Monthly Archives: January 2019

Speaking Stones


Listen! See! Say!

Speaking Stones is a tool by JumpStart Georgia which allows you to explore, compare, and engage in the old and new faces of different places, districts, regions, cities, and countries.

Using the slide bar, you can drag the photos overlapping each other so that you can see how places, buildings, statues, nature, or people have changed over time.

You can share your observations and discoveries with us using the comment section below every picture.

At the moment, Speaking Stones only has photos from Tbilisi. However, JumpStart Georgia plans to widen the scope of the project and add photos from all over Georgia, and maybe beyond.

You, too, can participate in making Speaking Stones better for everyone. Wherever you are in the world, in or out of Georgia, if you have old pictures sitting in your closet, scan them, take new pictures of the same area and send them to us. Giving you the credit, we will add their story to Speaking Stones and share them with the world.

If you have any other ideas, comments, or questions, please, give us a shout at:
+ 995 032 214 29 26
5, Shevchenko St, Apt 2
Tbilisi, Georgia 0108

Globalizing Urban Theory

Starting from anywhere, making connections: globalizing urban theory

Pages 643-657 | Received 15 Nov 2016, Accepted 09 Dec 2016, Published online: 28 Mar 2017

This paper offers a commentary on the papers in this special issue, drawing out the ways in which they bring forward tactics for comparative and global urbanism, contributing to urban theory on the basis of experiences in a range of post-socialist contexts. The paper begins with an analysis of a short story by the South African novelist, Ivan Vladislavič, which provocatively brings post-apartheid and post-socialist contexts into conversation. Inspired by this drawing of lines of connection, the potential for ex-centric and regional studies traditions of urban studies to inform global urban theorising is explored through a reading of the comparative tactics adopted by the papers in this collection – reading practices informed by area studies; thinking with the multiple processes shaping urban outcomes; contributing to the revision and invention of concepts; and extending theory. An invitation, inspired by the scholarship reflected in these papers, is extended for drawing new lines of comparison across a wider range of different urban contexts.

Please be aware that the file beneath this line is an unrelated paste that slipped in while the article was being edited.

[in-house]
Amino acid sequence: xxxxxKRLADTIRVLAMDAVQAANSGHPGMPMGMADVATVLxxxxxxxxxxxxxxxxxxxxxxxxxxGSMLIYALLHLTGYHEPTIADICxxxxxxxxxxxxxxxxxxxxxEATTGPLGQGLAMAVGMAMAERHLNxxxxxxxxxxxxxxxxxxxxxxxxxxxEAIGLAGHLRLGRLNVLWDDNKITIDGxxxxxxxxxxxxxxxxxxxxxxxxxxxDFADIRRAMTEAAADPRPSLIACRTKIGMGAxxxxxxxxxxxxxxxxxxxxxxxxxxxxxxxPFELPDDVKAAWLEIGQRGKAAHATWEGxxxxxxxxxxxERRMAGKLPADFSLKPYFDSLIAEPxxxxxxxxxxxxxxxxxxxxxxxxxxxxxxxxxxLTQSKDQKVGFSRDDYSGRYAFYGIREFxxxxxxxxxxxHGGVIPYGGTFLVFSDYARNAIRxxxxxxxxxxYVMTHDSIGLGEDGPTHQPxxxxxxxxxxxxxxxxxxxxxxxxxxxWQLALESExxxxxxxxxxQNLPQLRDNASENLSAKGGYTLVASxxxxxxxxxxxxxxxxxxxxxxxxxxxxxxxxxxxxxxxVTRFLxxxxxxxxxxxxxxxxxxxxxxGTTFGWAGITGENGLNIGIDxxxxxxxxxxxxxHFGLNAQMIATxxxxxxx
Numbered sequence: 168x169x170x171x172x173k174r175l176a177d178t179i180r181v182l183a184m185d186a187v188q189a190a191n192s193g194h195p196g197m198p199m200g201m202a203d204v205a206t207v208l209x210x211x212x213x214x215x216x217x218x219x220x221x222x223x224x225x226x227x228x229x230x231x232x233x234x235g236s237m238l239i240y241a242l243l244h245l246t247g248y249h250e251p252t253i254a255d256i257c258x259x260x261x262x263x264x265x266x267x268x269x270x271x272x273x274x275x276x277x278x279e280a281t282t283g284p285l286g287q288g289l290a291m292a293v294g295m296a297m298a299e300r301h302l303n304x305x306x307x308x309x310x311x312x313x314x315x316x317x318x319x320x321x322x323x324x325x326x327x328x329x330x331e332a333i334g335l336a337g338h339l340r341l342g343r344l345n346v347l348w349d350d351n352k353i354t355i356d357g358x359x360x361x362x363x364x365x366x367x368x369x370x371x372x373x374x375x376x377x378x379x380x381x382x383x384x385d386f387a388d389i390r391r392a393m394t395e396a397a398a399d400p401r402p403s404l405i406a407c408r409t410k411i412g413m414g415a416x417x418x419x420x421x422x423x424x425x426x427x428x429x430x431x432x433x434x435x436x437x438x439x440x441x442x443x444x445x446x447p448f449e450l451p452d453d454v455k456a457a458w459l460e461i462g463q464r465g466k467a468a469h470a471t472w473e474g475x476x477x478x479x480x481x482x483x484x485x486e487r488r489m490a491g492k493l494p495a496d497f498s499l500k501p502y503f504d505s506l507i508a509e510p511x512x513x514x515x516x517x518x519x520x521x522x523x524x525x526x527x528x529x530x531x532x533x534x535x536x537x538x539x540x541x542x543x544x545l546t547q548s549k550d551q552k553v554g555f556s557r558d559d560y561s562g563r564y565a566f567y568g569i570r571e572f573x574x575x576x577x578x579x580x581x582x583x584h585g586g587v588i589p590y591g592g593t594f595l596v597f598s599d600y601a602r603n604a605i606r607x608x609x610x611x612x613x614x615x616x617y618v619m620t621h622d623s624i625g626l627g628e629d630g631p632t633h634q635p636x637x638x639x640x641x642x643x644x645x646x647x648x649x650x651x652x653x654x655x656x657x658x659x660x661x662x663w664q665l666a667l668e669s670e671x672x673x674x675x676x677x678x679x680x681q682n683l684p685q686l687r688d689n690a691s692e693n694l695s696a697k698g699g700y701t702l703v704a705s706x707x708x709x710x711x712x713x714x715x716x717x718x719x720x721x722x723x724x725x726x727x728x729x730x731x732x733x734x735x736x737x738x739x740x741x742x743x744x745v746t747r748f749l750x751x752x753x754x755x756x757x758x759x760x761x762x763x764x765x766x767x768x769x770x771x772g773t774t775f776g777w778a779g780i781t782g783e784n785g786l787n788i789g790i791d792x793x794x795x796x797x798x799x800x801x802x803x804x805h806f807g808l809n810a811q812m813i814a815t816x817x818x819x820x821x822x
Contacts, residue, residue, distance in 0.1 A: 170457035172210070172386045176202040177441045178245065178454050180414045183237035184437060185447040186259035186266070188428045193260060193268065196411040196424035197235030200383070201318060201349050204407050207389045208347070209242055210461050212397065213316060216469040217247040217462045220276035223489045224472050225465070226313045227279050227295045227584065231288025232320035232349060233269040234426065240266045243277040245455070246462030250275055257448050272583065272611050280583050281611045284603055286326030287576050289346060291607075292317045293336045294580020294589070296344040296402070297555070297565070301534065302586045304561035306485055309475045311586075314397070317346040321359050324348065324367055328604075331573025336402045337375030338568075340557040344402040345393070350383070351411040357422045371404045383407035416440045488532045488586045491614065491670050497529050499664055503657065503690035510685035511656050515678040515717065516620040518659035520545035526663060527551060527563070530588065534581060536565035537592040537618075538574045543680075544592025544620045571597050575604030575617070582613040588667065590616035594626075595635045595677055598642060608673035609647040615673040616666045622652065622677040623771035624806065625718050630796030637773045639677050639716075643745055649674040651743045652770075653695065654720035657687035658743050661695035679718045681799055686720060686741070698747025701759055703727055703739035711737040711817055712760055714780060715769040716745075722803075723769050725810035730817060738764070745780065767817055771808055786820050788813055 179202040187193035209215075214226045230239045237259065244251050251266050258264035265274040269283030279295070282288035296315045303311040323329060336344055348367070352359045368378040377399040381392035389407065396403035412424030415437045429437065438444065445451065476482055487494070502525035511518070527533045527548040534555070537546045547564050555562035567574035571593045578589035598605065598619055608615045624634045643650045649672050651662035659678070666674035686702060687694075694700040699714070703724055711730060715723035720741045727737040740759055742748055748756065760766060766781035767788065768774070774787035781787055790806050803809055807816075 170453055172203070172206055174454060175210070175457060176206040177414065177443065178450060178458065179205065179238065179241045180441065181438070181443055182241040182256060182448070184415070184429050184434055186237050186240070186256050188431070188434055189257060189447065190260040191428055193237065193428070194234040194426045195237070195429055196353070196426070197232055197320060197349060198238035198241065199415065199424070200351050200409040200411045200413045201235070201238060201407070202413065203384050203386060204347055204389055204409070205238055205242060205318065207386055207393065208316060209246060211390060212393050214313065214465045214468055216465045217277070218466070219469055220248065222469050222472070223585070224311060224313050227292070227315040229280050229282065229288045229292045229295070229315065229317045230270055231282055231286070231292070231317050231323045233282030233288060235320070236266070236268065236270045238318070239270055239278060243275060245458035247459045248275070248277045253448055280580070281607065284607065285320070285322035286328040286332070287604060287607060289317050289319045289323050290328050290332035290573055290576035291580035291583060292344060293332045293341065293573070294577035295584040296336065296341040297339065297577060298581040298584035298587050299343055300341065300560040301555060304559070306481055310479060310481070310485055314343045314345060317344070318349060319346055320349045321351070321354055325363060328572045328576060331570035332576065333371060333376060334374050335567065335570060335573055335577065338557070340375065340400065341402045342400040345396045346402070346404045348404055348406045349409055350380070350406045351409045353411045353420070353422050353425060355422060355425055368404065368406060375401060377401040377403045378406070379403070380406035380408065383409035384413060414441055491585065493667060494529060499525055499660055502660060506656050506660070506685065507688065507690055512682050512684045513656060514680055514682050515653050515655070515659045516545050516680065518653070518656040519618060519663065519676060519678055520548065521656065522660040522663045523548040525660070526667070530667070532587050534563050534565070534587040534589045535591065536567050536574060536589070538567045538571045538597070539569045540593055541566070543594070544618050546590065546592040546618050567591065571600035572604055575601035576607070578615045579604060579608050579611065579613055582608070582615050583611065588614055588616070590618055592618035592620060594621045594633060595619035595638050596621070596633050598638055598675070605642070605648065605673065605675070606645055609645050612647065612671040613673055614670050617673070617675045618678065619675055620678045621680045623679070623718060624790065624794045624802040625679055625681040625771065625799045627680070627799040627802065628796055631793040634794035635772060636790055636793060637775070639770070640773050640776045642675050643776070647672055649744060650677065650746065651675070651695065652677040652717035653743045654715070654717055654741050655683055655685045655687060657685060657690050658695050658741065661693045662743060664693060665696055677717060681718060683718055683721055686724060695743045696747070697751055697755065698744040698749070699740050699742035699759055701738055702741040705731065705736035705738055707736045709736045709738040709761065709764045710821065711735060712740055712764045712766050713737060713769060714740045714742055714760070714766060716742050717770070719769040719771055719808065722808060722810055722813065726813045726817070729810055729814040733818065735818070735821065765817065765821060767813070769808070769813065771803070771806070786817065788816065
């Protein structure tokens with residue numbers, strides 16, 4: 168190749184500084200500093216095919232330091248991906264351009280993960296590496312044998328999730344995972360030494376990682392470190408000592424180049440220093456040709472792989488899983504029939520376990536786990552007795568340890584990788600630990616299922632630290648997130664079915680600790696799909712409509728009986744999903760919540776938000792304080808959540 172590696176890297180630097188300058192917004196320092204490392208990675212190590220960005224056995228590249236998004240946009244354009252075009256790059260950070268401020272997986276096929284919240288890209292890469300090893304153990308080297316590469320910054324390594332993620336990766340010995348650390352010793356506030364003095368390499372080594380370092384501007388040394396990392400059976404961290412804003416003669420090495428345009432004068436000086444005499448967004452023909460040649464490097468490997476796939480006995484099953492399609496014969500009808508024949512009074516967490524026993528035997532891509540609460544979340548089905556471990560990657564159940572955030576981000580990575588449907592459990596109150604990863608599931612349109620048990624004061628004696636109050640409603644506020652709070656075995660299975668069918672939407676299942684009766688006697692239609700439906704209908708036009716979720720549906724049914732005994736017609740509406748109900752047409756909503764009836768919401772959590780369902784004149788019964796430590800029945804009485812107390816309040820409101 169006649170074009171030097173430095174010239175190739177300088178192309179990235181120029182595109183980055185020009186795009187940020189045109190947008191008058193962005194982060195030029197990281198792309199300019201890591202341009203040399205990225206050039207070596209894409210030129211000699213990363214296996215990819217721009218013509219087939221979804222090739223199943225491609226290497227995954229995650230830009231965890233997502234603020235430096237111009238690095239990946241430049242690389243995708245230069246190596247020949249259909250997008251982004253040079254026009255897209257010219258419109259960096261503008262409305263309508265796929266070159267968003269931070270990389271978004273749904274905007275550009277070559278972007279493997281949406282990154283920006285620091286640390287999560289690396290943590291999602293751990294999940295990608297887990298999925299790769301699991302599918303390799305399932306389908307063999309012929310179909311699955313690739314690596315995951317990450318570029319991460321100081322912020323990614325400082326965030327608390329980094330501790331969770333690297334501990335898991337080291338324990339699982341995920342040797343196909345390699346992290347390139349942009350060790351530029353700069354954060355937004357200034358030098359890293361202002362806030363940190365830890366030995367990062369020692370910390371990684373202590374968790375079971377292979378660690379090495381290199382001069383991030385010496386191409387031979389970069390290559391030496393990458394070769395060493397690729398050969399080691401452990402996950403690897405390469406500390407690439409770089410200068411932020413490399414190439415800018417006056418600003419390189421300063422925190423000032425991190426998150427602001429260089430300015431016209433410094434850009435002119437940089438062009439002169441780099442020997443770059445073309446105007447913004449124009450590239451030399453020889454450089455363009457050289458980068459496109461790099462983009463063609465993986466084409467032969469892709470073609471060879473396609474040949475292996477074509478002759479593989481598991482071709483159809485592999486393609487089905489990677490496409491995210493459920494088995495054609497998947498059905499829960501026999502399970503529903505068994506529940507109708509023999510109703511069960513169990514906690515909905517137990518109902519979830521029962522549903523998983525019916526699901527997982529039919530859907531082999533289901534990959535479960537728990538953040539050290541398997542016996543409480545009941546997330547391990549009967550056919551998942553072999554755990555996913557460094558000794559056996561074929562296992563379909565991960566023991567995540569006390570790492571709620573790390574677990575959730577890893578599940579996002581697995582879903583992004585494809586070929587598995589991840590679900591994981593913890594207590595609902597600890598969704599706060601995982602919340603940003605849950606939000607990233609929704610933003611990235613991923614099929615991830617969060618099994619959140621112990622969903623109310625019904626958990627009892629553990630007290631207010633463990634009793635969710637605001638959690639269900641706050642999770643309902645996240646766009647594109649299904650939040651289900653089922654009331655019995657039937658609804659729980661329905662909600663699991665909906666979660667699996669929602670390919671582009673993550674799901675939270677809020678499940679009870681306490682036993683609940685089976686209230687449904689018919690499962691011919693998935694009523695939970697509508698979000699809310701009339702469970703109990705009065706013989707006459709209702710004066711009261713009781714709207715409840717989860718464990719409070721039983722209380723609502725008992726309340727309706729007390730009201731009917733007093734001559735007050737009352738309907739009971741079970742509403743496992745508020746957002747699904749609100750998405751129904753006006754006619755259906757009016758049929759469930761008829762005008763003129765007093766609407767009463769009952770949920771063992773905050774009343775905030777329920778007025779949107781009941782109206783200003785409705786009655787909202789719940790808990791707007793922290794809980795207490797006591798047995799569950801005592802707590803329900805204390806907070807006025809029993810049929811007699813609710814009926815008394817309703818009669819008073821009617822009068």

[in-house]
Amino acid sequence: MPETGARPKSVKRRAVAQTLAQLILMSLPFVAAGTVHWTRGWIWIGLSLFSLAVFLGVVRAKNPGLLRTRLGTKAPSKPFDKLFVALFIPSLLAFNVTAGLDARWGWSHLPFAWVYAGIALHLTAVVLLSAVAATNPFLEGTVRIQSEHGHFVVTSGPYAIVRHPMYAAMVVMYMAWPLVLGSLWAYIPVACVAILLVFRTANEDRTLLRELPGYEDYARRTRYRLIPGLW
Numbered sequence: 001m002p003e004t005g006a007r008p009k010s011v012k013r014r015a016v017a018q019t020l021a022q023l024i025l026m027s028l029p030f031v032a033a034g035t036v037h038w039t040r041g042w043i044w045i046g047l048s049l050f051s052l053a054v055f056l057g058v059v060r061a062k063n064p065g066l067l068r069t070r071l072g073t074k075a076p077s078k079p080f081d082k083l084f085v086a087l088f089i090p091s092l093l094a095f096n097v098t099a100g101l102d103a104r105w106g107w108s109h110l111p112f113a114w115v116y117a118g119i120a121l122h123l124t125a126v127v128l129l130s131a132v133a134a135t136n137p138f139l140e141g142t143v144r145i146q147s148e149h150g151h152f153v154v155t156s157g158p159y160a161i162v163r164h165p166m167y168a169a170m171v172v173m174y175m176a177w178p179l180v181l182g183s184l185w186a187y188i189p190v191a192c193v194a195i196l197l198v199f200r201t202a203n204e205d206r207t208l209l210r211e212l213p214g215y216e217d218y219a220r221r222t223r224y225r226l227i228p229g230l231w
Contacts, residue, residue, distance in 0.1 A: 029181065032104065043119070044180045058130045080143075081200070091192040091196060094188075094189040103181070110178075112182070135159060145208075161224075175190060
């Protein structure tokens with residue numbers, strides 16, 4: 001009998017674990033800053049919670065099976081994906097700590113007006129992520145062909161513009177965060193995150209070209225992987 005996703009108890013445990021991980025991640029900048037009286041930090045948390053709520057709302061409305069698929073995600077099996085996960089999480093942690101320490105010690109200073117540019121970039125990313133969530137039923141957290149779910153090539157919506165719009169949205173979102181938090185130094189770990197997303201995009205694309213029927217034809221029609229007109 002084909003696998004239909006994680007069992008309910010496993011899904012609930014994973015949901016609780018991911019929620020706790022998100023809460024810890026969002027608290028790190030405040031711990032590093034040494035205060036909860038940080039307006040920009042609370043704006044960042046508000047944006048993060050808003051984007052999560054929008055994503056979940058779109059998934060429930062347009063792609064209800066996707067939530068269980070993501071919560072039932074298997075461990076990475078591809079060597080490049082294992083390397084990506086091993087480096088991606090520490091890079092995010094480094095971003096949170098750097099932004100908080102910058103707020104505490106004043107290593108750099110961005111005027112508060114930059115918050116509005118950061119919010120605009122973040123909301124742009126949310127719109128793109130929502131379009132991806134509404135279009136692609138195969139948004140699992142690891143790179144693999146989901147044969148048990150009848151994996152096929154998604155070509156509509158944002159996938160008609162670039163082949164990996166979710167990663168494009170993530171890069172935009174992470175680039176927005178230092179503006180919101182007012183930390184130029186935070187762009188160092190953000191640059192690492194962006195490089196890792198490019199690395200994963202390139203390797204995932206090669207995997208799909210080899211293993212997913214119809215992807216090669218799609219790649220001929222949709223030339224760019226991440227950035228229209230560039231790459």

Eurasian Geography and Economics 

Volume 57, 2016 – Issue 4-5: Post-Socialist Cities and Urban Theory


The urbanization of transition: ideology and the urban experience

Pages 607-623


This paper debates the relationships between transition and urbanization by problematizing the operation of transition on three inter-related levels. Firstly, at the level of ideology, it is important to rehearse the understanding of transition from that of merely area-based reforms and rather understand it as a totalizing project of planetary reach, which completes the subjugation of the whole world to capitalism and crowns neoliberalism as the only global order. Secondly, at the level of practice, it is important to properly account for the spatializing effects of that ideology – which is not simply “domesticated” by local practices, but itself mediates the subsumption of pre-existing practices by capital, thus alienating them from their history. Thirdly, at the level of the urban: while urban change is usually portrayed merely as a projection of societal relations, the urban is actually the central stage where ideology mixes with the everyday, through which the societal change is mediated; new meanings, social relations, and class divisions are construed; and through which ideological transition achieves its practical completeness. What combines these three levels is the notion of urbanization of transition, which articulates the centrality of the urban in the spectacular post-socialist experience.